There's a lot of women in this world. Women who were born women and aren't identifying as anything else and don't want to and can't even hide the fact that they're women even if they tried.  And yet, the tiny minority is dictating to a majority and demanding that all these women cater to the needs of a few.

And lets be clear too, this teen was offered other accommodations. In fact private accommodations which any girl would happily have - and he/she TURNED IT DOWN. Lila wanted to share the change room with the girls.

Which shows he/she's not thinking like a girl.  And although he/she's demanding compassion from the girls who are standing up to him/her, he/she shows a complete lack of empathy for the situation he/she's insisting on putting them in and instead is playing the victim.

Let's be clear again. NO ONE IS ASKING WOMEN.

Even a lot of the memes directed towards those hateful bigoted women who don't want to get naked in front of penis bearers, are either transgender, or men.

That's right. Men are weighing in on this issue and basically telling women to shut up and suck it up.

See, that way they don't have to have transgendered people in their bathrooms.

Lets face it, if men are beating up the men who dress as women, they're going to beat up the women who dress up as men. So no one will be using the men's rooms because men beat people up.

Women don't. Women are known for being caring. We want everyone to be comfortable. We want everyone to have a place to pee and a place to change. And as it turns out, there's a group of women who have no problem giving up their private places to ensure that. Because we're trained to bend over backwards for everyone's comfort. Which is noble, and lovely and praiseworthy. But it is often to our detriment.

So because men beat up people, everyone else is in the women's bathrooms and change rooms, either minding their own business, or ogling, or running around naked and not caring one little bit if this is hard for women. Let's not focus in on those men who are beating people up. Let's instead focus in on women and shame them for their feelings.

But as long as transgendered people feel safe, that's all that matters. Women's feelings on the matter and especially rape victims, are silly and misguided and they should just get over themselves.



Saturday, March 26, 2016

What the World Needs Now...

From an old sixties song:

"What the world needs now, is love, sweet love,
It's the only thing that there's just too little of..."

It is the Eve of Easter Sunday. Over two thousand years ago, people wept over the loss of the Lord Of All. His body wrapped in the tomb, His messages of love and hope, quieted. The promise of the King that would rescue them gone.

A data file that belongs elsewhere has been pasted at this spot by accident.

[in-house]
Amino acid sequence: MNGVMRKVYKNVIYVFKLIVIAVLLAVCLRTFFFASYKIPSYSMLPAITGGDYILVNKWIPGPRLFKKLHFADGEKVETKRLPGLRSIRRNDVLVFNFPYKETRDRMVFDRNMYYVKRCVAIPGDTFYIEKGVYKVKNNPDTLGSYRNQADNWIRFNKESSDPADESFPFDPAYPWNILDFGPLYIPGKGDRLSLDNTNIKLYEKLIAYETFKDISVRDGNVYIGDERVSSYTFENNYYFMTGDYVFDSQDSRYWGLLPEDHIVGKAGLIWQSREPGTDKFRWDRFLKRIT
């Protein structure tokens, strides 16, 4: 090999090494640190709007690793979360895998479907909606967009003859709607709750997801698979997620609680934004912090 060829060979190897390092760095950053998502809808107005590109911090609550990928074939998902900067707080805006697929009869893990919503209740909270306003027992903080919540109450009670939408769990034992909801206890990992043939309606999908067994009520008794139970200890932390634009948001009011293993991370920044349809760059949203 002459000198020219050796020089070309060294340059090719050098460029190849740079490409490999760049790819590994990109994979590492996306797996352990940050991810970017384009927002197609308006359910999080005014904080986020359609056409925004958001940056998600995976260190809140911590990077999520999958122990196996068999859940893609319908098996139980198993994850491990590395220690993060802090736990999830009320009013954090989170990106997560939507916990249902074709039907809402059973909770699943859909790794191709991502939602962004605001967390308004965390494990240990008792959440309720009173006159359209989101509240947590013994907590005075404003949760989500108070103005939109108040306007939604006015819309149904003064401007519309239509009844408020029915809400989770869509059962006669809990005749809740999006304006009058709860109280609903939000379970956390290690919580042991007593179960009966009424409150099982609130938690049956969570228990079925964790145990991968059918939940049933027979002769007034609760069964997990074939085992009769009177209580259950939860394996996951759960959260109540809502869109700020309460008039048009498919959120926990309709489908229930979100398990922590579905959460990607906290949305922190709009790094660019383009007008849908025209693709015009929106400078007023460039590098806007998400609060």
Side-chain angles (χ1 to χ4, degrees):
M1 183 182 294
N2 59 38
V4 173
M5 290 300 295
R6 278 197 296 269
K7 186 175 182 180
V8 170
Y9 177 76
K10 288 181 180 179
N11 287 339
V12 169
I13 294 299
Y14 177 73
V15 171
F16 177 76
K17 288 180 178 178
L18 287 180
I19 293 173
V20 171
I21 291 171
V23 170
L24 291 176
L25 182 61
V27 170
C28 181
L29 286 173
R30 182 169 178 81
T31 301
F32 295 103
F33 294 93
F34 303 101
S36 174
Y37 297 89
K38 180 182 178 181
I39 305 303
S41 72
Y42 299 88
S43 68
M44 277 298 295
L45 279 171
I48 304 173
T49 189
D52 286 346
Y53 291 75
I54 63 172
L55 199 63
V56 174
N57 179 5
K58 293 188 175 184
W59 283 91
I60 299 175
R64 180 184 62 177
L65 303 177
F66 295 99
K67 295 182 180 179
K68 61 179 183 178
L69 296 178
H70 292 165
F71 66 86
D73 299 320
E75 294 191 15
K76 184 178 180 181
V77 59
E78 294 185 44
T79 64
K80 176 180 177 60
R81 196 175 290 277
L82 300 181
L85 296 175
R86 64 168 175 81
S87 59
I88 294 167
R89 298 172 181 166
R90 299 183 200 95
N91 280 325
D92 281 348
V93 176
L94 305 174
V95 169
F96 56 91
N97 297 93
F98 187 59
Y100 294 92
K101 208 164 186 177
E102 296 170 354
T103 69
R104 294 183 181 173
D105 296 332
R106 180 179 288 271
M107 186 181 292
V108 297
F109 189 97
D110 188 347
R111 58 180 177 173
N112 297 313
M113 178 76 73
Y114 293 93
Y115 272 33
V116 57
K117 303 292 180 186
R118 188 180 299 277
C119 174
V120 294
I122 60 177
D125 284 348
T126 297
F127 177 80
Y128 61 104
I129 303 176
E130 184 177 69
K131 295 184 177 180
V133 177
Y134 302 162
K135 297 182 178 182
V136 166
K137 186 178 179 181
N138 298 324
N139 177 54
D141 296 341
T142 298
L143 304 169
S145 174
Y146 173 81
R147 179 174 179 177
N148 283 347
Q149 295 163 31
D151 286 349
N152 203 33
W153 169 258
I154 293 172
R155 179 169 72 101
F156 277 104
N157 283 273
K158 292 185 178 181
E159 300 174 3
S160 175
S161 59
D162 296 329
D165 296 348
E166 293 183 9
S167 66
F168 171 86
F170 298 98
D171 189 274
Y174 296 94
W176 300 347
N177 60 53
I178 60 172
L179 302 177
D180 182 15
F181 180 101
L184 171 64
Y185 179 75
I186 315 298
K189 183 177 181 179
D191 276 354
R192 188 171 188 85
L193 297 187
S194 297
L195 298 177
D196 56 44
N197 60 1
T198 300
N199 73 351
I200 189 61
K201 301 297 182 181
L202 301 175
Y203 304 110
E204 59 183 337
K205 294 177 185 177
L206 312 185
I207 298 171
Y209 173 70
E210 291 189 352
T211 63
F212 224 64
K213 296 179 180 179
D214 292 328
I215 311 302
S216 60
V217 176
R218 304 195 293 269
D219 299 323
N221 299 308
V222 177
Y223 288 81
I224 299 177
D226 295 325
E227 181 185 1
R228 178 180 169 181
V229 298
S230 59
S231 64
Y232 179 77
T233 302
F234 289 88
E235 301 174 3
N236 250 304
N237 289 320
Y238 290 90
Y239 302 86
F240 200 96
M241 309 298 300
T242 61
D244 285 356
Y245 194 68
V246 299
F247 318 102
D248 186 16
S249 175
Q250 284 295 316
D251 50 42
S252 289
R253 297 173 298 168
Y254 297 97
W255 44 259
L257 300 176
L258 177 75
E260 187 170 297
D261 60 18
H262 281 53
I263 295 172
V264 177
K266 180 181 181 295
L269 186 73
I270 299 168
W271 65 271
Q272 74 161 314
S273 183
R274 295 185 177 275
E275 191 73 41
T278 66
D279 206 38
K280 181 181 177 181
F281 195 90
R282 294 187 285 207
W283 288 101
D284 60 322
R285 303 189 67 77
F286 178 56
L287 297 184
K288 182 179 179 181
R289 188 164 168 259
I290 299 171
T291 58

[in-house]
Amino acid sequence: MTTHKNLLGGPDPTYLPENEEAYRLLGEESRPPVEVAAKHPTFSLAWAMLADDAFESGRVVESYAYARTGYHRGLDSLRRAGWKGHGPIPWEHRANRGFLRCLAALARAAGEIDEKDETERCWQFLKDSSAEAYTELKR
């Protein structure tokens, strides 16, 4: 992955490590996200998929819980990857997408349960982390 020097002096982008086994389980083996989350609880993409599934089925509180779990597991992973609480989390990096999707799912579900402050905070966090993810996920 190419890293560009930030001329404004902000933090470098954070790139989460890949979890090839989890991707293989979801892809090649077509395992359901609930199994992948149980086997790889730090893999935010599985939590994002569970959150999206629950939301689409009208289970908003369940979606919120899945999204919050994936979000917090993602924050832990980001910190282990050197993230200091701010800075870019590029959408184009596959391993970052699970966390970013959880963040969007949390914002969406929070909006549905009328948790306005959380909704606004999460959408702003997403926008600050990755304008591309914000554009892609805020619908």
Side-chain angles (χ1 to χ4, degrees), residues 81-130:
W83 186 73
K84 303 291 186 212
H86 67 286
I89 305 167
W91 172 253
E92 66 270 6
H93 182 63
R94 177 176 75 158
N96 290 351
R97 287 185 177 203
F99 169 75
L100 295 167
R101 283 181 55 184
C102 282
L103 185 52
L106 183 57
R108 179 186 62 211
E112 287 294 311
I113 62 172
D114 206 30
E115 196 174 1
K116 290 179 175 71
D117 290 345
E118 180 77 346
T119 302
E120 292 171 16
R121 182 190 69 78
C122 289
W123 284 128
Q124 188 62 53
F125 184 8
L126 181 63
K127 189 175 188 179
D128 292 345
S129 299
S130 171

He could have rescued Himself as they arrested Him, tormented Him, humiliated Him, tortured Him, and yet, He didn't bring forth the powers that allowed him to raise Lazarus from the dead, give sight to the blind men, heal the sick, and bring hope to a downtrodden people weary of the poverty and the violent world they lived in.

He was born to a young girl unmarried and a virgin at the time of conception but betrothed to a loving man who willingly took Him as his own.

We know little of His childhood, but we can assume that Mary taught Him love, scolded Him when He needed it, and showered Him with hugs and kisses often. She would have showed Him compassion as she helped her neighbors and those with less, and took care of her other children. He learned at her knee, while doing the household chores, while taking care of younger brothers and sisters, while listening to her words and watching her actions. She could not have done this if she thought of Him as her God, for she needed to raise a man. Raising a God would be too overwhelming.

Joseph too, would have taught Him love for he was a loving man. He would have taught Jesus acceptance and gentleness, and He would have taught Him the hard work of being a carpenter. The painstaking and artistic beauty of carving something from the materials that God had given. The need of creating something serviceable and beautiful. The fairness of trade. The value of money. The spirit of generosity.

His spiritual leaders would have taught Him how to read and write, the words of God, the rituals of the Jewish faith, and the needs of the people.

His friends and neighbors would have shown Him the lives of shepherds and fisherman, rabbis and teachers.  He would have seen the examples of the poor and of kings, all names that he adopted as His own.

And His Father in Heaven would have taught him the rest.

He took all that He was taught and showered it upon the people, giving them three great commandments:

Love God.
Love your neighbor.
Love yourself.

Those three commandments take care of everything.

But there were those who saw Him as a threat and before long He was nailed to a cross leaving His followers wondering why He didn't rescue Himself. If He could perform miracles, which they had all witnessed, why didn't He perform a miracle for Himself? They needed Him. He was their rescuer, their superhero. Why didn't He break the nails and climb down from the cross?

Even worse, He cried out to His Father asking why He had been abandoned.